4) Votes in CR Government/Parliament: There was a vote in the Czech government on Temelin in 1992: 18 in favor, no opposed, 1 abstention (by the Minister of Environment). The govt has blocked a vote in the Czech Parliament, though it is very likely they would win if there was a parliamentary vote. The reason for blocking it is probably that they do not want to answer questions by the parliamentary opposition to the plant and there could be restrictions placed on the plant (or more likely radwaste storage plans).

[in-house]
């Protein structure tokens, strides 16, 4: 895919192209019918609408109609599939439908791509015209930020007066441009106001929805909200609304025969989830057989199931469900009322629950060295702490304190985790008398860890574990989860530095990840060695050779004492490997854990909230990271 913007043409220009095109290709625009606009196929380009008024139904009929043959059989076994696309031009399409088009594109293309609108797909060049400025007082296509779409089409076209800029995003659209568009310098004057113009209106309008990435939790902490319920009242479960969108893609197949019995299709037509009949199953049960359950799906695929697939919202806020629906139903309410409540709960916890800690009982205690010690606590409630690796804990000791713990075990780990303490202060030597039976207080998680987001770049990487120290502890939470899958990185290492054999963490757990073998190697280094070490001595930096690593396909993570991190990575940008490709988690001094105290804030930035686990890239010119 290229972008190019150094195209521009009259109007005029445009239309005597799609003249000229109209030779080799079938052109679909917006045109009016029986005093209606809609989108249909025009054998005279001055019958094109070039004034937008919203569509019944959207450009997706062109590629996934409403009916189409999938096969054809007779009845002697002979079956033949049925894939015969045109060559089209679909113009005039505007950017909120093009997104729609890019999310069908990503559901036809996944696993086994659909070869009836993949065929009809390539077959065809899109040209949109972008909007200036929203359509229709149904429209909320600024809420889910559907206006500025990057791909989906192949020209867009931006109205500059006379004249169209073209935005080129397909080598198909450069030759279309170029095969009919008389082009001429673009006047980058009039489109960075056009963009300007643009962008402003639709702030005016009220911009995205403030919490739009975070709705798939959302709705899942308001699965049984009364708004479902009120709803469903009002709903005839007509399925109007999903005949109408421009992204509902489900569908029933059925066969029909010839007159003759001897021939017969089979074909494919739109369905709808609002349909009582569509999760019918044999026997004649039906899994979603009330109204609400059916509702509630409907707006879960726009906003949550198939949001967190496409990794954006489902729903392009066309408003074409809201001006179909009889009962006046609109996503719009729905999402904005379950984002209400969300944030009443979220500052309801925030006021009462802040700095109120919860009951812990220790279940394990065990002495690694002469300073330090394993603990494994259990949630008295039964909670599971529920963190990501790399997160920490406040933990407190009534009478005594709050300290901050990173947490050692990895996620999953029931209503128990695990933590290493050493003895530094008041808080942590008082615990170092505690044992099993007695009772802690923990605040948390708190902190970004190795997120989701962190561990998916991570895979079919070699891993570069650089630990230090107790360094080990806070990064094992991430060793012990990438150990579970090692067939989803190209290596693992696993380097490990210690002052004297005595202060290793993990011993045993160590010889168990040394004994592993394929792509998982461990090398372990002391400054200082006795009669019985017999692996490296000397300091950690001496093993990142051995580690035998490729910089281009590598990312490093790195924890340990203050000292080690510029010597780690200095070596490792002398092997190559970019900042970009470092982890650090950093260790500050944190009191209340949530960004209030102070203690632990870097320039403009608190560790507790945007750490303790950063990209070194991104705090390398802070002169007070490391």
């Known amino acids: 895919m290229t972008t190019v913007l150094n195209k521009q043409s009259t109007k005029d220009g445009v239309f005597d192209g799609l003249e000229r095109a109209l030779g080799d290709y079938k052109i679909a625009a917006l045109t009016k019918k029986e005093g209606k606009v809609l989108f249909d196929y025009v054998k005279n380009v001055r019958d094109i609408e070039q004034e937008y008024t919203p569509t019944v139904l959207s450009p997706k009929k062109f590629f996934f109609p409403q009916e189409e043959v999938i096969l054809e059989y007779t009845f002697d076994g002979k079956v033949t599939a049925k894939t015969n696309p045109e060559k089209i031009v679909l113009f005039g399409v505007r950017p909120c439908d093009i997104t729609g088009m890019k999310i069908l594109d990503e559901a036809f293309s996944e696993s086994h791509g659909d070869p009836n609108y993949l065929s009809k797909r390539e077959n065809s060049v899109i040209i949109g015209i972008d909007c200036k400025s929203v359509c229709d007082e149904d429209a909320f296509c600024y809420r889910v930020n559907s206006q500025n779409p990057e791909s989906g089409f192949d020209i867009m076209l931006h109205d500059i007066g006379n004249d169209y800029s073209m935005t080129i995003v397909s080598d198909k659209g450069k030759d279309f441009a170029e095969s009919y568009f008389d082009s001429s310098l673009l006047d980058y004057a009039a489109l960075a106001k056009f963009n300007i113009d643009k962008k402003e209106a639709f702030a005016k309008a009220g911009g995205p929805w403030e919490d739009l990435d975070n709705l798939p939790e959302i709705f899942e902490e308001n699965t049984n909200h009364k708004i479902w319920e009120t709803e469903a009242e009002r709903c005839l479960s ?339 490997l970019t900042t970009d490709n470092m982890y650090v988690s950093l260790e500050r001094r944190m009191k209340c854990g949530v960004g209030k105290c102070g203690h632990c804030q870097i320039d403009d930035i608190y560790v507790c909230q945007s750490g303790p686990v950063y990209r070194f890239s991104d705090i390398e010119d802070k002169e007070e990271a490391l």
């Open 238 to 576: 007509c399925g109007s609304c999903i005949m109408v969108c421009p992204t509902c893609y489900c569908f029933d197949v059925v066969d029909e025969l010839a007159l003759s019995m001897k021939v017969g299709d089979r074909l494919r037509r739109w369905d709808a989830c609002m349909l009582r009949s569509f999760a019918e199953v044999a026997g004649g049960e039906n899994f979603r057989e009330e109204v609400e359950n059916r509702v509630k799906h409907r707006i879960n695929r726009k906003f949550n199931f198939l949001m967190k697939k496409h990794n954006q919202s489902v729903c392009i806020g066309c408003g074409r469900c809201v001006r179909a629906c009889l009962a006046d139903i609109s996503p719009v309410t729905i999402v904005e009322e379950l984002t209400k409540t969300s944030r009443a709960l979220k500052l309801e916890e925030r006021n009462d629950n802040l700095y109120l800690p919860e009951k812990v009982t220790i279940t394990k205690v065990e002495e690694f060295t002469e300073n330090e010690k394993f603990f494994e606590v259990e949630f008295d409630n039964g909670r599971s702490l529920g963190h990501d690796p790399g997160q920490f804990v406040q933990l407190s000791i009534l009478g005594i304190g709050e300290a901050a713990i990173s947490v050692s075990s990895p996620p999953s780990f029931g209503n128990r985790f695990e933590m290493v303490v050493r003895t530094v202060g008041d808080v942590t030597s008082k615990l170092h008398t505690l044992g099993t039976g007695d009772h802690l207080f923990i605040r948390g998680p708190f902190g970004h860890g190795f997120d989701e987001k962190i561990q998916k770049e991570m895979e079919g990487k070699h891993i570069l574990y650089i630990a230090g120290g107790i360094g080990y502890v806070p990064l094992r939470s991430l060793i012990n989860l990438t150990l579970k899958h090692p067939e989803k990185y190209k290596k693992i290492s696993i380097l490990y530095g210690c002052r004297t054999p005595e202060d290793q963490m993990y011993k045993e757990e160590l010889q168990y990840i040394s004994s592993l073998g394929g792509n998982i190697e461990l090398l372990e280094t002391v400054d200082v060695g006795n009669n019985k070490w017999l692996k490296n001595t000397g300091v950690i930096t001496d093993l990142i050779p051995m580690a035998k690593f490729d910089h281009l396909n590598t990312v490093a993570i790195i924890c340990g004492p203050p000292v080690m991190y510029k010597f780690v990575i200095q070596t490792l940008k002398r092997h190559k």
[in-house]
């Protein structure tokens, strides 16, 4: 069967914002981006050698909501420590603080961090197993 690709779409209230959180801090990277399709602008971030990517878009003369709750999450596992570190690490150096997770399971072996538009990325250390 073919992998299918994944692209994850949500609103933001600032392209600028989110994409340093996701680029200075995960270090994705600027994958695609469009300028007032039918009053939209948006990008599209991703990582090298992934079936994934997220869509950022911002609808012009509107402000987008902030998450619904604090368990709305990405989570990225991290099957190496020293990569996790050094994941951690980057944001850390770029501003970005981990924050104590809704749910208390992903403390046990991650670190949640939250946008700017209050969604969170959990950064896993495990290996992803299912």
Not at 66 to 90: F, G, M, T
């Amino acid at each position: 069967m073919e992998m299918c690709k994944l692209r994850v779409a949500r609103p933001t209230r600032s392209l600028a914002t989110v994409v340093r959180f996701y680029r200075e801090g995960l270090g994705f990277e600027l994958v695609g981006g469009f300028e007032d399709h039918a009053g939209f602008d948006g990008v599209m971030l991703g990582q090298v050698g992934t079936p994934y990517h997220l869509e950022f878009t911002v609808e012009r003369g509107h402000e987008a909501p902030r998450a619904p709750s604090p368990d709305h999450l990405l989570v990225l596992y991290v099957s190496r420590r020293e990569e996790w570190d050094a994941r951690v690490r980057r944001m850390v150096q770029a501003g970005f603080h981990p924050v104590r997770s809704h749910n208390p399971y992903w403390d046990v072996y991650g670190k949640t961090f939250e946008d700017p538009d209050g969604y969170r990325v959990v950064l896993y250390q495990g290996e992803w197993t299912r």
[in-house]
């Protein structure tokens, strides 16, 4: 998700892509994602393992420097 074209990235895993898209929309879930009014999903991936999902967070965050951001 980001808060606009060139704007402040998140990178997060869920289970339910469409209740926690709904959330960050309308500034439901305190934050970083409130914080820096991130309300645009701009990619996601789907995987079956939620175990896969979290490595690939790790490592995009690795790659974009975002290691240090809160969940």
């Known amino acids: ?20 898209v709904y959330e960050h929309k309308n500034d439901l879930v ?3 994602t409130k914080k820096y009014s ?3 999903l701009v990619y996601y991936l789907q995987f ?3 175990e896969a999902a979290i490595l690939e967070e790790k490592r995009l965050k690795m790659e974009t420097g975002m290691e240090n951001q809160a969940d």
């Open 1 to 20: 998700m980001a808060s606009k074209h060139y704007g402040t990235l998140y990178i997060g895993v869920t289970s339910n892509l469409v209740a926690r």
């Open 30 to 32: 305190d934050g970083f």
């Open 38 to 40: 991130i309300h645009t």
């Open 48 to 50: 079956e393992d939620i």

5) Lender Liability: In the event of an accident it is not clear who is liable. Westinghouse (WH) has a "hold harmless" clause in their contract with CEZ [See Halliburton NUS study]. The ExIm Bank says CEZ and the CR govt will take all the risk [See letter from ExIm Prez Brody to US Senator Leahy]. PLAGE contends that WH is liable under Austrian law, but WH has sent only one letter, basically delaying their response to the inquiry. The Czech Republic, Austria and the US have all not signed the Paris and Vienna conventions on nuclear liability [See AAI book on IAEA]. Anti-nuclear US lawyers are not optimistic that there is a lender liability case which can be brought against ExIm or Westinghouse, in general it is only possible to get judgements on liability issues when there has already been damage. The World Court will not hear a case relating to the CR, because the CR is not a member of the court.